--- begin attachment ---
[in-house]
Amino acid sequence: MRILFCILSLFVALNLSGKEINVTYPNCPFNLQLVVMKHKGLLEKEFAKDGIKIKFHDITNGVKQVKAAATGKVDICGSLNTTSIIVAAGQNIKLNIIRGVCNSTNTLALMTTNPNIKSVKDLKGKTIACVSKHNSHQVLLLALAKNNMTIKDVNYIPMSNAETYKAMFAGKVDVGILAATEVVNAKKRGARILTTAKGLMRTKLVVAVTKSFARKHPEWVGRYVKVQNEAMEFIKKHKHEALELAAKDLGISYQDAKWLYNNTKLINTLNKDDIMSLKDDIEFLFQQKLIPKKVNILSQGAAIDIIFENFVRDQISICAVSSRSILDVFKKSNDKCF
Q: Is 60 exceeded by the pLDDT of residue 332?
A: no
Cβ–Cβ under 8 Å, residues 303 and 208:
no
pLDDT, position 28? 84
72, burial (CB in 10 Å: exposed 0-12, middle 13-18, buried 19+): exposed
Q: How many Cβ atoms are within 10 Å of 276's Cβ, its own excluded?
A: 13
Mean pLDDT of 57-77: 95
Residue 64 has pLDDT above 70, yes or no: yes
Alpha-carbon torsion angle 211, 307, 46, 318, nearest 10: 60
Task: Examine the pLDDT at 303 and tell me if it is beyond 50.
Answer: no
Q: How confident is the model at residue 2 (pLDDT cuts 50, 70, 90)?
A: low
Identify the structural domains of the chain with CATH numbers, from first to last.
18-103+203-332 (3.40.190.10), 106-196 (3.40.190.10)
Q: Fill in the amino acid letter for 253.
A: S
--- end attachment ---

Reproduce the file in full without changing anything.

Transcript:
[in-house]
Amino acid sequence: MRILFCILSLFVALNLSGKEINVTYPNCPFNLQLVVMKHKGLLEKEFAKDGIKIKFHDITNGVKQVKAAATGKVDICGSLNTTSIIVAAGQNIKLNIIRGVCNSTNTLALMTTNPNIKSVKDLKGKTIACVSKHNSHQVLLLALAKNNMTIKDVNYIPMSNAETYKAMFAGKVDVGILAATEVVNAKKRGARILTTAKGLMRTKLVVAVTKSFARKHPEWVGRYVKVQNEAMEFIKKHKHEALELAAKDLGISYQDAKWLYNNTKLINTLNKDDIMSLKDDIEFLFQQKLIPKKVNILSQGAAIDIIFENFVRDQISICAVSSRSILDVFKKSNDKCF
Q: Is 60 exceeded by the pLDDT of residue 332?
A: no
Cβ–Cβ under 8 Å, residues 303 and 208:
no
pLDDT, position 28? 84
72, burial (CB in 10 Å: exposed 0-12, middle 13-18, buried 19+): exposed
Q: How many Cβ atoms are within 10 Å of 276's Cβ, its own excluded?
A: 13
Mean pLDDT of 57-77: 95
Residue 64 has pLDDT above 70, yes or no: yes
Alpha-carbon torsion angle 211, 307, 46, 318, nearest 10: 60
Task: Examine the pLDDT at 303 and tell me if it is beyond 50.
Answer: no
Q: How confident is the model at residue 2 (pLDDT cuts 50, 70, 90)?
A: low
Identify the structural domains of the chain with CATH numbers, from first to last.
18-103+203-332 (3.40.190.10), 106-196 (3.40.190.10)
Q: Fill in the amino acid letter for 253.
A: S